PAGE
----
Transposing Temperature: Hot and Cold
The New Canon Host Olivia Giovetti fills in for Nadia Sirota
Monday, June 06, 2011
Can we finally put away our winter coats and sweaters? In the last week or so, it certainly seems that way. We've been sweating and schvitzing and baking in this heat—though every now and then I still find myself reaching for a jacket. This season in New York has featured some highly schizophrenic weather (thanks, global warming!) that reminds me of that addictive ode to love bipolar by Katy Perry.
This week, I won't subject you to that chestnut. (Though you MUST check out this Ukrainian polka cover of "Hot N Cold." Trust me.) But what we DO have is an equally frenzied mix of works that reference hot and cold, fire and ice, summer and winter—and almost all of them do so in their titles. We'll hear from the sultan of snow, John Luther Adams, interspersed by works that turn up the Fahrenheit-like Tan Dun's Fire Ritual. And because, meteorologically speaking, anything can happen on our eastern seaboard, we'll also spin a few pieces that swing both ways—like the Kronos Quartet's recent icy-hot recording of Kimmo Pohjonen and Samuli Kosminen's Uniko.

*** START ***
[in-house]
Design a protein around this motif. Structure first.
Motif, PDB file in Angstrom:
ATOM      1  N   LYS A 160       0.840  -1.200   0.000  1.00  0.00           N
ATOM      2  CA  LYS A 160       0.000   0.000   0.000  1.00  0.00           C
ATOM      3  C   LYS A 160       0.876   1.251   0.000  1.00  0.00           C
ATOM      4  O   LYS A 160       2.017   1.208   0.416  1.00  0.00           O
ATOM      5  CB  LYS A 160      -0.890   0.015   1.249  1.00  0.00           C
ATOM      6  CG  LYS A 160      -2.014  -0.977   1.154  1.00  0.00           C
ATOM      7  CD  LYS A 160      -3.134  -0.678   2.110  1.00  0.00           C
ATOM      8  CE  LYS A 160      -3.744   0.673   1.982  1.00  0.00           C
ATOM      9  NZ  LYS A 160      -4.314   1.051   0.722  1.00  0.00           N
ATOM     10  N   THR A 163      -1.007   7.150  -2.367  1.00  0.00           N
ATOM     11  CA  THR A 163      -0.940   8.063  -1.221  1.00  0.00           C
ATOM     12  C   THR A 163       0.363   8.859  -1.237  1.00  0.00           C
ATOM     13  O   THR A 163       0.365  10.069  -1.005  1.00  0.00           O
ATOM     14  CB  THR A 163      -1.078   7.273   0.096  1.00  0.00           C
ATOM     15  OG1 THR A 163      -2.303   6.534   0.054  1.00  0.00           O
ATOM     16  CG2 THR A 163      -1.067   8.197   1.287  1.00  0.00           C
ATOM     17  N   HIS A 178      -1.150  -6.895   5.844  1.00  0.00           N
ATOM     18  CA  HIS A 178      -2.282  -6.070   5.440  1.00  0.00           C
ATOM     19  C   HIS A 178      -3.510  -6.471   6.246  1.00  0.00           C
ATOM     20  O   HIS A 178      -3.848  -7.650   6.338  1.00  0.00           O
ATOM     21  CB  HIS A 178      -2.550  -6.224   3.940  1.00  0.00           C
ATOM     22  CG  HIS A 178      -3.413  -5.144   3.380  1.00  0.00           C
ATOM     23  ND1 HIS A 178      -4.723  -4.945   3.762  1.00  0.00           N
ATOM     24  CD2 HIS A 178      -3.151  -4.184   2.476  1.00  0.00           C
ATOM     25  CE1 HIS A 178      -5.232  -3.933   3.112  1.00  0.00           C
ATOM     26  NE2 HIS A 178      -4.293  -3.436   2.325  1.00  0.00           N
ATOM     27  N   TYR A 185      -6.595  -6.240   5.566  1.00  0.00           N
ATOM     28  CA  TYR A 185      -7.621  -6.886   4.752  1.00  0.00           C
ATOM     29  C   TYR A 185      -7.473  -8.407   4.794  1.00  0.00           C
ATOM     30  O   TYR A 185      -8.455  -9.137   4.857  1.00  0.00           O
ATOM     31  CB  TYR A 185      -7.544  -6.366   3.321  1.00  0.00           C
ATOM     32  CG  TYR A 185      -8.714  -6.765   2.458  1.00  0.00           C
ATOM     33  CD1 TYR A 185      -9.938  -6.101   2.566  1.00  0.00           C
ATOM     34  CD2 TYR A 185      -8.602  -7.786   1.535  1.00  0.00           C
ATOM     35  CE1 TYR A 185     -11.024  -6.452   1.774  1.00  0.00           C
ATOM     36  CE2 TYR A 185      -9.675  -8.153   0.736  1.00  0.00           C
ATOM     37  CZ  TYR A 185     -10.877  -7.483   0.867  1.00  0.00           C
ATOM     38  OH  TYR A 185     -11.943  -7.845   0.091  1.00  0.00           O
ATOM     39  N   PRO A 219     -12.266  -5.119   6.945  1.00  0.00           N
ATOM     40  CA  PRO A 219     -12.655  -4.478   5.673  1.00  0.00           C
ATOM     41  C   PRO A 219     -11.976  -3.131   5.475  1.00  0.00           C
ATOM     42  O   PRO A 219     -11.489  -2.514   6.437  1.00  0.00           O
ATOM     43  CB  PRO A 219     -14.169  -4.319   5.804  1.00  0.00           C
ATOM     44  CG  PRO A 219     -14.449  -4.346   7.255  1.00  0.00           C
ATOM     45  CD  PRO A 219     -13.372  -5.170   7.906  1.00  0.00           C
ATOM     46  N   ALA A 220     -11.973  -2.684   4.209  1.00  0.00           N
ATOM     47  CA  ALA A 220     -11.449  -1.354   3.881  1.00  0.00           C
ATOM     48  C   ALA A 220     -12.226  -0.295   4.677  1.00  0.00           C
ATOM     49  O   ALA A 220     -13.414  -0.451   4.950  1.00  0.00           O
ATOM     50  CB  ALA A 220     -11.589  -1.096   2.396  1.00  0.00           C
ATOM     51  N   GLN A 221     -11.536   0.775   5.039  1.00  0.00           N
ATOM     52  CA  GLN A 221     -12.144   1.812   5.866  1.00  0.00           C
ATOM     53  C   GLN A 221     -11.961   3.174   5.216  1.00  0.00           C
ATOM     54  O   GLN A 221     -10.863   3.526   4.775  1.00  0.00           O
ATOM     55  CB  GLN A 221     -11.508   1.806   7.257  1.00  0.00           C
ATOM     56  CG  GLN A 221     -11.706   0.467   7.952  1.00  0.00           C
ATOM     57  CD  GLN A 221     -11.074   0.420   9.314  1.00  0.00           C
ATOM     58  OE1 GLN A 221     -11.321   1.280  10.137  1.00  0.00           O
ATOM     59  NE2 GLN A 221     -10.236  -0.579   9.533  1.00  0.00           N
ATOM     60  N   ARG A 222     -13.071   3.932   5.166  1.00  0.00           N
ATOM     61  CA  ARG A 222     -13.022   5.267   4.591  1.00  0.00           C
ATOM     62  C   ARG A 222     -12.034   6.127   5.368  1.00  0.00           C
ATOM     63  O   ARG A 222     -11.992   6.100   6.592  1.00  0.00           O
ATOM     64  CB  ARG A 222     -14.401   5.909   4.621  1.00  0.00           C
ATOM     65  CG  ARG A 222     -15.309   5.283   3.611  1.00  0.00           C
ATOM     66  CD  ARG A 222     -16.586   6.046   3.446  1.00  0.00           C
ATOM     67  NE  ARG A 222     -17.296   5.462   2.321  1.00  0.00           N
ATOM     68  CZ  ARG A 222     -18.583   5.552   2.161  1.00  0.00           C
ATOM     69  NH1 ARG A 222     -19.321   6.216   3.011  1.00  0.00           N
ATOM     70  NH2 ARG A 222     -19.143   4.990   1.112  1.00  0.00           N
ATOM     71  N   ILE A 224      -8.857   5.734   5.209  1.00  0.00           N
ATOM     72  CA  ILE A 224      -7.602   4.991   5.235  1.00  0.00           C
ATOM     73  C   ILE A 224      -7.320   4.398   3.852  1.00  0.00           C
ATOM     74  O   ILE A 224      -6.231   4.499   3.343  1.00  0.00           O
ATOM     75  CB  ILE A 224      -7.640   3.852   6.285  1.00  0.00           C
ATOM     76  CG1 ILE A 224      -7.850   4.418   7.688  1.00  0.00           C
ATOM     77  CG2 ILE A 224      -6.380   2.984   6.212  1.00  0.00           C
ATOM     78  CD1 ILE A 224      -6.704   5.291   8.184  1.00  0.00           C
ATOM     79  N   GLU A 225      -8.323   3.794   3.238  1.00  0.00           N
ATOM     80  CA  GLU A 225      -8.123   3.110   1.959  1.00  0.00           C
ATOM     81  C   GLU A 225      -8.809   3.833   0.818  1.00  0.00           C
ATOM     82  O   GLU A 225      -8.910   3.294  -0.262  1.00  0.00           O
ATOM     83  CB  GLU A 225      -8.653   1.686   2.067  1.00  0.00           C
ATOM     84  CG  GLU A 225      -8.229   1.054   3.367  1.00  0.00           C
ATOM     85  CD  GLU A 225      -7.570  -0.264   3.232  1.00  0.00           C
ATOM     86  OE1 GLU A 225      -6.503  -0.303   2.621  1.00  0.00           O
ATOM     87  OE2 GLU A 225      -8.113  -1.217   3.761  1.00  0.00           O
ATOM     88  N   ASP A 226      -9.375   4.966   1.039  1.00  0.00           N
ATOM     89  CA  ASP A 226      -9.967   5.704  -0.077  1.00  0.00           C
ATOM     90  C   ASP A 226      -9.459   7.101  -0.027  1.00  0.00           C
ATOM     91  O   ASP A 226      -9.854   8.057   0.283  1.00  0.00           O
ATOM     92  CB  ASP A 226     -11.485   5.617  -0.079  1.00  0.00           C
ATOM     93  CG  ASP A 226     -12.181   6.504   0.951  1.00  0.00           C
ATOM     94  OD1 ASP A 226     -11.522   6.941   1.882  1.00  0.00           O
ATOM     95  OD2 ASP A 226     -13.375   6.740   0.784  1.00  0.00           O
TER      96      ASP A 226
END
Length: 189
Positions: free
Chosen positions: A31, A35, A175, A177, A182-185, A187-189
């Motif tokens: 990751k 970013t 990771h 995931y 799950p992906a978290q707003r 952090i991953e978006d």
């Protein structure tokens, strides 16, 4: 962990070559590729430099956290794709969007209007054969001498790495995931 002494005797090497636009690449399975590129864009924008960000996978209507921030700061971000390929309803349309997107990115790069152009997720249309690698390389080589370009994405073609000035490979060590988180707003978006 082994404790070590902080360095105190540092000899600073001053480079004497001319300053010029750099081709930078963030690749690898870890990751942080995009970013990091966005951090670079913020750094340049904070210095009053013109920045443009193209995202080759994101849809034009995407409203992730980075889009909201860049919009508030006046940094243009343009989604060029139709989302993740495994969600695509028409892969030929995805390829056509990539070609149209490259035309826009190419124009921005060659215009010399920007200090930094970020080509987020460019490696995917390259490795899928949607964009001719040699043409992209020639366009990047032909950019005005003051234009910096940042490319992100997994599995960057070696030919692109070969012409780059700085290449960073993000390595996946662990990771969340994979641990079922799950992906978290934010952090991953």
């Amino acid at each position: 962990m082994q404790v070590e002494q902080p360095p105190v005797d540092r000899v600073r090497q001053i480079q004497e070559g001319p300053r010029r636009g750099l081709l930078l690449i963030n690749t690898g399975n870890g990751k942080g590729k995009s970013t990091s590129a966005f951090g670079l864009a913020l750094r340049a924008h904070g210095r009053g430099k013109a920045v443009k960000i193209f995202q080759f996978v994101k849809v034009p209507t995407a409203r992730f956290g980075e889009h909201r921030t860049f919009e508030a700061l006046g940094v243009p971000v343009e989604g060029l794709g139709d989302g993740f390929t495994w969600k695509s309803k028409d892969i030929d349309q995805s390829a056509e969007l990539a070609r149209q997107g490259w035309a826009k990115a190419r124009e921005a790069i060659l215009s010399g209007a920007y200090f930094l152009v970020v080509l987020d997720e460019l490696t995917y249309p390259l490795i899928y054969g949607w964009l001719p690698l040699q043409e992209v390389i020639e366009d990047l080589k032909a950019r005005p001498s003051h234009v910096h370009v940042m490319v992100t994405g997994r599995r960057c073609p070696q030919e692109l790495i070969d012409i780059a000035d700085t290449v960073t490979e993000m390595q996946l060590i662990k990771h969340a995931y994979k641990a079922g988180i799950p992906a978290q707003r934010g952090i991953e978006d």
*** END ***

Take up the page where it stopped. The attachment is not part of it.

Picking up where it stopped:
Having what my shampoo bottle considers to be "ethnic hair," a closet that my mother calls the "bruise palette" of blacks, greys and dark blues, and what I recognize as a five-year-old's glee at the first snow, I'll take the far-less-humid days of winter. On the other hand, I'll never say no to a midsummer parks concert or Anton Webern's Im Sommerwind. But I know plenty of folks who are willing to argue against the snow. What's your season: summer or winter? And what music best translates these extremes in temperature?!